Positive externalities

Externalities can arise from both consumption and production, and may be positive or negative.

External benefits from production

An external benefit from production is the benefit that individuals (and other businesses) might gain as a result of the production of goods and services.

For example, when a business locates in a specific area it will provide jobs and income which then circulates around the local economy benefitting many third-parties.

External benefits from consumption

An external benefit from consumption is the benefit that ‘third-parties’ derive when others consume goods and services, but where they do not pay for this benefit.

For example, if your neighbour buys a car, and a few days later give you a lift to the train station – you have benefitted from their consumption, without paying! You are, in effect, a 'free rider'.

However, quantifying the value of positive consumption externalities is not not easy given that no money changes hands and hence there is no record of any benefits gained. Also, benefits are often derived over a very long period of time which makes them difficult to track and quantify.

Graphically, the commonest way to illustrate the effect of external benefits from consumption is to show the marginal social benefit curve to shifting upwards - where, at any given output, the social benefit is greater than the private benefit as a result of the existence of an external benefit.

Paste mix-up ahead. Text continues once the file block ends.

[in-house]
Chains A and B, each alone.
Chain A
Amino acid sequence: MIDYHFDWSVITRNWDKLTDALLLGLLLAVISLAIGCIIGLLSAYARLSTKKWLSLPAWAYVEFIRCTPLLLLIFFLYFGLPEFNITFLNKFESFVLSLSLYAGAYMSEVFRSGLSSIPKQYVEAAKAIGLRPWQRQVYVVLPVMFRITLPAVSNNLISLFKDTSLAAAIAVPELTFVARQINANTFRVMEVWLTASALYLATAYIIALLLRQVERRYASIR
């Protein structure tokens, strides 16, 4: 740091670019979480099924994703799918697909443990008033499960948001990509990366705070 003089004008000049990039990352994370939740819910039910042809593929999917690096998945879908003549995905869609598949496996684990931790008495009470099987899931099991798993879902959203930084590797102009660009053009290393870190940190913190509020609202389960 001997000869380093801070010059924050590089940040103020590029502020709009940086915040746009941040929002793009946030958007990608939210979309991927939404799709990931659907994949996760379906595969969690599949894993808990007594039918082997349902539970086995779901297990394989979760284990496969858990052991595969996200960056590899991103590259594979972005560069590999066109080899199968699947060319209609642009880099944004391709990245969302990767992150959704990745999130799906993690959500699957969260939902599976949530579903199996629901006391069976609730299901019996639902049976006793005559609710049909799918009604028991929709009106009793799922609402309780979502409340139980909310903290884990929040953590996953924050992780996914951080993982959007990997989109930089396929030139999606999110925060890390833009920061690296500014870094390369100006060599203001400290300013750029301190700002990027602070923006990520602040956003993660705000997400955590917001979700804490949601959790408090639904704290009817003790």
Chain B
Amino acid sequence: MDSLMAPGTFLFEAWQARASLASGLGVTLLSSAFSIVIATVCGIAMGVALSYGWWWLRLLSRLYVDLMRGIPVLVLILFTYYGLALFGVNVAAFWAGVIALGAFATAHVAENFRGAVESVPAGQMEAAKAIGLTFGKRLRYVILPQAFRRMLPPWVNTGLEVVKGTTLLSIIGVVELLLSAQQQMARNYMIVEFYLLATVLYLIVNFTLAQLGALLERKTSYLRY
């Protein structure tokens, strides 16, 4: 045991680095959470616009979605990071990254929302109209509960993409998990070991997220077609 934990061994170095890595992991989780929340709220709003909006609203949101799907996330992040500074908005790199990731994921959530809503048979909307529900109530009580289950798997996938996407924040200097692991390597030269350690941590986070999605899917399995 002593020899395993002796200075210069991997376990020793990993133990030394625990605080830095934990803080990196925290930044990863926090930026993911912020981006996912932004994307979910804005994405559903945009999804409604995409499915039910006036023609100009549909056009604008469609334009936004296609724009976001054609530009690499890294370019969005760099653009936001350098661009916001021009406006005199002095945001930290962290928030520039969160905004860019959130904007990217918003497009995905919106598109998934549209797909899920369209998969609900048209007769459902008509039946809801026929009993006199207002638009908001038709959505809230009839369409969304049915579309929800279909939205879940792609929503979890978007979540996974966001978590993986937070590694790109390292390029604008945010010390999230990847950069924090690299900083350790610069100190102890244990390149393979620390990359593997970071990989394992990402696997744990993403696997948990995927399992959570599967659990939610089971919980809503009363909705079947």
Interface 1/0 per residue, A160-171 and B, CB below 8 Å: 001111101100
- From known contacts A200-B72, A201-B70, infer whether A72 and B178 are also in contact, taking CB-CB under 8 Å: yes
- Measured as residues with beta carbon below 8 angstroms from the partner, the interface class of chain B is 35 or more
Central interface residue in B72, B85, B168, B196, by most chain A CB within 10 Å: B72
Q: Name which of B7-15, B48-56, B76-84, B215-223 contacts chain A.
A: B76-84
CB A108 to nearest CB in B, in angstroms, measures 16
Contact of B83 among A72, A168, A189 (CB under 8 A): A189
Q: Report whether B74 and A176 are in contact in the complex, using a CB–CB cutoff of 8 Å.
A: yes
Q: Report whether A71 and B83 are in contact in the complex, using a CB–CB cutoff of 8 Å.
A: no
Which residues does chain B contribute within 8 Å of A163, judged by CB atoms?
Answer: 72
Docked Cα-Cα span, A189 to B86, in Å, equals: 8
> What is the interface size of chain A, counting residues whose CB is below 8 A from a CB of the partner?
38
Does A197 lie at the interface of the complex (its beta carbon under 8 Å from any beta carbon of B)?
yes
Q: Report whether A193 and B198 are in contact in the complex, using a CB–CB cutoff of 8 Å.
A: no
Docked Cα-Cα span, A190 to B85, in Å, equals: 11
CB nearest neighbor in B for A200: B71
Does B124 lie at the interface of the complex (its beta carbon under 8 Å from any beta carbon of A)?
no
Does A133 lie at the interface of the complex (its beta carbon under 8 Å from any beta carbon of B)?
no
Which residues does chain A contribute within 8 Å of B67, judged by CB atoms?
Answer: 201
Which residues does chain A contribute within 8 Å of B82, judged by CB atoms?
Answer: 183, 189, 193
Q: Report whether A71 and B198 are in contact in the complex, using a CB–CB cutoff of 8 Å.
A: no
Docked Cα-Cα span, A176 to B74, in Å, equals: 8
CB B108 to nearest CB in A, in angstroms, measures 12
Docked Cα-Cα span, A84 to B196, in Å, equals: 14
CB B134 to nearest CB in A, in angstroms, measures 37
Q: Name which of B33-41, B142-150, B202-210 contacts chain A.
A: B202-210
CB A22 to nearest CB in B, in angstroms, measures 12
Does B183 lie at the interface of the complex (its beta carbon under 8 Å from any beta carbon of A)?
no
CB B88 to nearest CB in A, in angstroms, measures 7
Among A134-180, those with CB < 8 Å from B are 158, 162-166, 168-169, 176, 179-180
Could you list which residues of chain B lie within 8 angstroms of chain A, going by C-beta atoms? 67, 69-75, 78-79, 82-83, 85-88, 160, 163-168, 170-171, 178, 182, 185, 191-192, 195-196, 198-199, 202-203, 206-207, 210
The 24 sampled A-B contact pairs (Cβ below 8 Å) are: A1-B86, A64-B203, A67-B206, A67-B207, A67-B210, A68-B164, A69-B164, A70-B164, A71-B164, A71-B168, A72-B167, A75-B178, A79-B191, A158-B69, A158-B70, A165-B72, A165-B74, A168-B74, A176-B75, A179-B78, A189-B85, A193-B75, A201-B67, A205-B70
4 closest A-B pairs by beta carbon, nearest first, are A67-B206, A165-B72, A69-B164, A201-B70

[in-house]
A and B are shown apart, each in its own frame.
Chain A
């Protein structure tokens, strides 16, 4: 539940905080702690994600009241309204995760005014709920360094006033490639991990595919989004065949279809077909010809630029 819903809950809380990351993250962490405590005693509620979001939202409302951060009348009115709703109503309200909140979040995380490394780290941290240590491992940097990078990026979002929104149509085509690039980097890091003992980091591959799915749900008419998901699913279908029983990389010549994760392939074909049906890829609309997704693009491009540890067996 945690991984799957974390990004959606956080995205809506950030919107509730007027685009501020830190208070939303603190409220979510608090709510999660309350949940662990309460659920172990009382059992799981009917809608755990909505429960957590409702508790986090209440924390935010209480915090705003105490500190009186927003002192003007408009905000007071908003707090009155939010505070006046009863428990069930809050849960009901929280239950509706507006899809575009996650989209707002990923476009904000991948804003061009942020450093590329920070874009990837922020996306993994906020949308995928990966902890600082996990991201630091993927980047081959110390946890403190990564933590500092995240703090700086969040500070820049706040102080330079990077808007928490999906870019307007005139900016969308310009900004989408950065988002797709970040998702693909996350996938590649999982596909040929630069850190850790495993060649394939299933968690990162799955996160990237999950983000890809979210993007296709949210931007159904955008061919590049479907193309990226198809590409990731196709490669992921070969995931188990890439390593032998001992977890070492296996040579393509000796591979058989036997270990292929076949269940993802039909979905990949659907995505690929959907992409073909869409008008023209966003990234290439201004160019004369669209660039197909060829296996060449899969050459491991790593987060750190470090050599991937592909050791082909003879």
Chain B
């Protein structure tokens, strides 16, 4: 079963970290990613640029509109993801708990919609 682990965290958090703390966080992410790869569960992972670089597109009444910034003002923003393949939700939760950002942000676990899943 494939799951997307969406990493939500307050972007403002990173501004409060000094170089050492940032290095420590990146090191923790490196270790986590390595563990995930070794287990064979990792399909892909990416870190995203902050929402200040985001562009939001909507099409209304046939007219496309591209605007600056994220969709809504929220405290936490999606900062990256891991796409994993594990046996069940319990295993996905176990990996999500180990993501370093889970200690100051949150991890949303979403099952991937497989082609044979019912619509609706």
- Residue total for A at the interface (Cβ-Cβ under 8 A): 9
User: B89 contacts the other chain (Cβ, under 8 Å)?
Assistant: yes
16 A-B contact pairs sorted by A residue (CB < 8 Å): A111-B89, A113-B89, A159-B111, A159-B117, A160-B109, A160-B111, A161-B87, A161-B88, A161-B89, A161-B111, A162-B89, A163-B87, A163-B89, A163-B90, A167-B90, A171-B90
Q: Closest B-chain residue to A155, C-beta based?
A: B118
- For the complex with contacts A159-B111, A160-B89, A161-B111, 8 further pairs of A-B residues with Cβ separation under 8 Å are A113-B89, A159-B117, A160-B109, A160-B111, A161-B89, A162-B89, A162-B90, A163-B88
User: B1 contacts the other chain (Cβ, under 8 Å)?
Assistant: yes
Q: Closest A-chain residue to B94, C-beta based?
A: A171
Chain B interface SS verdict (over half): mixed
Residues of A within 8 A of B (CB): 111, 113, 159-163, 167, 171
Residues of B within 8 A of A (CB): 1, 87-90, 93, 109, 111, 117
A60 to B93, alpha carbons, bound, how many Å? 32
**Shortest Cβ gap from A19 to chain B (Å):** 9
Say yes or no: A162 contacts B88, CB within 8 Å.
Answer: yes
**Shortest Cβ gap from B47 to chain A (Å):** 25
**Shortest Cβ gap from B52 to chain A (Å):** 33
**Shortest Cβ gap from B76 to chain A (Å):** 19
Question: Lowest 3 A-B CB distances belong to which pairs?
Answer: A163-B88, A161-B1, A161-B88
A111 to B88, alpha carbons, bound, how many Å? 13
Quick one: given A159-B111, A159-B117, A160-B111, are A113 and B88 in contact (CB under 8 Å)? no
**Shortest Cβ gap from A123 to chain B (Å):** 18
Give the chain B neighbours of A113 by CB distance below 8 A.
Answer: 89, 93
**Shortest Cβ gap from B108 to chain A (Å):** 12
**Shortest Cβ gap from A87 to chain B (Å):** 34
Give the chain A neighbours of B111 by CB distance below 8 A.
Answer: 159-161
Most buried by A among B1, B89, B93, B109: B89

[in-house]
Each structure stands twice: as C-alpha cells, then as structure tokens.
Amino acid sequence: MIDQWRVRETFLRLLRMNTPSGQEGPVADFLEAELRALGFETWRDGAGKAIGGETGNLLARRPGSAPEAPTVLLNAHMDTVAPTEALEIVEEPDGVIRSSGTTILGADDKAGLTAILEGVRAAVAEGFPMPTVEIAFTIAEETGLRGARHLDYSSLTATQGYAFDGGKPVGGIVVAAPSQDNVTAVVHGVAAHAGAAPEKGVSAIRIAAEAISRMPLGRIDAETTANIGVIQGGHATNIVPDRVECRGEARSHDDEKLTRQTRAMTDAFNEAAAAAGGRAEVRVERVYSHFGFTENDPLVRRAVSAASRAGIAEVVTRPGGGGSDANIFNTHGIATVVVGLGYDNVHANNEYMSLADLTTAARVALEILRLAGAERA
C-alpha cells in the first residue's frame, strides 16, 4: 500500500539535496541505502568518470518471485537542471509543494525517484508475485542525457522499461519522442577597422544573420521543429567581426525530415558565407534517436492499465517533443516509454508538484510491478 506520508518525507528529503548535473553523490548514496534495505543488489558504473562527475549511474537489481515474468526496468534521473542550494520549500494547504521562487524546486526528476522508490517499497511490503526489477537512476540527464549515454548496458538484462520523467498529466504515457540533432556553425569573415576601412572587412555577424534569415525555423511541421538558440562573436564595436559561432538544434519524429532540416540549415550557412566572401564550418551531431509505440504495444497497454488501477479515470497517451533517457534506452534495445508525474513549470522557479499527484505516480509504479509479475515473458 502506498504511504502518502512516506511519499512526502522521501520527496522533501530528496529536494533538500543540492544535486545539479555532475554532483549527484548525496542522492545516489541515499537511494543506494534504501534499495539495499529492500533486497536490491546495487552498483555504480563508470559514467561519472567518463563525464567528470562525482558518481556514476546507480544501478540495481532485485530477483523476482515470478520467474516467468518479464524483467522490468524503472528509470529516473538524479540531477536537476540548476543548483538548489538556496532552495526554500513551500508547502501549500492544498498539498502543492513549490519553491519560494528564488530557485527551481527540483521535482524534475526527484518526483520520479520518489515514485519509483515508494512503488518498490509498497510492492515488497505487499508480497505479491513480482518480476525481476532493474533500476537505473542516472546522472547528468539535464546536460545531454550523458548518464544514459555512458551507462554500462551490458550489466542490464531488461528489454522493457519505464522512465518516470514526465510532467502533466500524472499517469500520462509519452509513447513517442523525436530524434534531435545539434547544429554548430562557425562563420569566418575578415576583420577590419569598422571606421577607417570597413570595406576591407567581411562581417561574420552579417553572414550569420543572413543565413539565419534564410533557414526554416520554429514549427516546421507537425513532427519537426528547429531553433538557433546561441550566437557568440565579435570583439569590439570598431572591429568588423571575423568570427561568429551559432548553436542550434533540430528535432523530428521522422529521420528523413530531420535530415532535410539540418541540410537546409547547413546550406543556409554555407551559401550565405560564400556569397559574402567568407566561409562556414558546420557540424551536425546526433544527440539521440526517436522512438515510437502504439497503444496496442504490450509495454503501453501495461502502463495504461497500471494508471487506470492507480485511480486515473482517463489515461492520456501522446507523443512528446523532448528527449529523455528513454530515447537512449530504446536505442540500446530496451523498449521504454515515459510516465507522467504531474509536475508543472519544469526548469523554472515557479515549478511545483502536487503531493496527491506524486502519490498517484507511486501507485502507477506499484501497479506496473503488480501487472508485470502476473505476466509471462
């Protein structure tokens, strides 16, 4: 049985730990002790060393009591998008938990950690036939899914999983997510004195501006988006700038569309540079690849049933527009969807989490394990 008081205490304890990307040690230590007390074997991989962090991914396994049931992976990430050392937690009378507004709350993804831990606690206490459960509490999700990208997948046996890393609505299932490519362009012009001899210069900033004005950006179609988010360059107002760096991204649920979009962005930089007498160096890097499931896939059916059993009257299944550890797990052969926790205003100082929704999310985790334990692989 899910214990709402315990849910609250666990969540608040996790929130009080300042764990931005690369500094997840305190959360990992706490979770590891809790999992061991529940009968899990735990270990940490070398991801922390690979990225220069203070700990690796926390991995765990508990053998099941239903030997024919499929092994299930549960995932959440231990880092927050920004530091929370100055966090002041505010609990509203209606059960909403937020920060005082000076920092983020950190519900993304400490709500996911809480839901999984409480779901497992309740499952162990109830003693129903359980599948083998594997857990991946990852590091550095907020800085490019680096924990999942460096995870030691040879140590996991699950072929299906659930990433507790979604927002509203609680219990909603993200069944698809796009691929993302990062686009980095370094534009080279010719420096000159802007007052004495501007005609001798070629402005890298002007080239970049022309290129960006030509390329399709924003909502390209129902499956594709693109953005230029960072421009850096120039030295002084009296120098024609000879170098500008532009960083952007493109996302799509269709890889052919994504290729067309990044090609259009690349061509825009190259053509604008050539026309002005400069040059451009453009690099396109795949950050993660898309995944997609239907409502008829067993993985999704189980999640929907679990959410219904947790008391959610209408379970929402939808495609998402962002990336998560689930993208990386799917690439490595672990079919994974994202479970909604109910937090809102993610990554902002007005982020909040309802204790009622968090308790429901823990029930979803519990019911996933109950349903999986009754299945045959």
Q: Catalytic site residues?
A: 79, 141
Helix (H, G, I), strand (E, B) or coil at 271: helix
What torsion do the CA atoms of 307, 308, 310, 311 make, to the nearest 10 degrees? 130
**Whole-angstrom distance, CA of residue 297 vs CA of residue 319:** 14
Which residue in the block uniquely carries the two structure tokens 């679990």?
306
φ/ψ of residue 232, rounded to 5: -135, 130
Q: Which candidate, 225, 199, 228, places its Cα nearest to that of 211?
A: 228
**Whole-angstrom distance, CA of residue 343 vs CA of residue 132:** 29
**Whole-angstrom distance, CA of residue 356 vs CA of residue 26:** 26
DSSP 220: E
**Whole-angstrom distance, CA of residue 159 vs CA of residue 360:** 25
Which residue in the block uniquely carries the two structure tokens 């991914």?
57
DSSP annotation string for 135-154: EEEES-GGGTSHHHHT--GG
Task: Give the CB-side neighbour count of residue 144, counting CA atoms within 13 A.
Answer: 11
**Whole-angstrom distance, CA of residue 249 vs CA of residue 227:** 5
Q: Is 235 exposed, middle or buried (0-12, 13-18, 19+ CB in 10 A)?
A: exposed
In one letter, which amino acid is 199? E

Positive externalities

Merit goods

The consumption of many types of goods and services generates benefits to others. The external benefit derived by third-parties is a key feature of 'merit' goods, which include education and healthcare.

For example, if an individual becomes inoculated against a infectious disease, other individuals may benefit as there is now one less person who might infect them. Similarly, when an individual receives education, many others benefit in a variety of way - such as those who directly receive the knowledge and skills they have acquired, along with benefits to the wider community from the higher taxes paid as a result of gaining a well paid job.

Hence, free markets are unlikely to allocate sufficient resources to merit goods, and other goods that generate positive externalities. Hence, the welfare loss the area a,b,c.

In practice it is not always easy to differentiate external benefits arising from consumption and production. Goods produced will eventually be consumed so that benefits can arise along the supply-chain and during consumption.

The merit good diagram

In the diagram below we can see that the socially efficient quantity of a merit good (QS) is greater than the market equilibrium quantity (Q). The shaded area, market 'a', 'b', 'c' is the net welfare loss associated with merit goods.

Positive externalities

Video on positive externalities

Why are externalities a market failure?

Demerit goods

What are the remedies for demerit goods?

Demerit goods

How does equilibrium create welfare?


facebook link logo twitter link logo email link logo whatsapp link logo gmail link logo google classroom link logo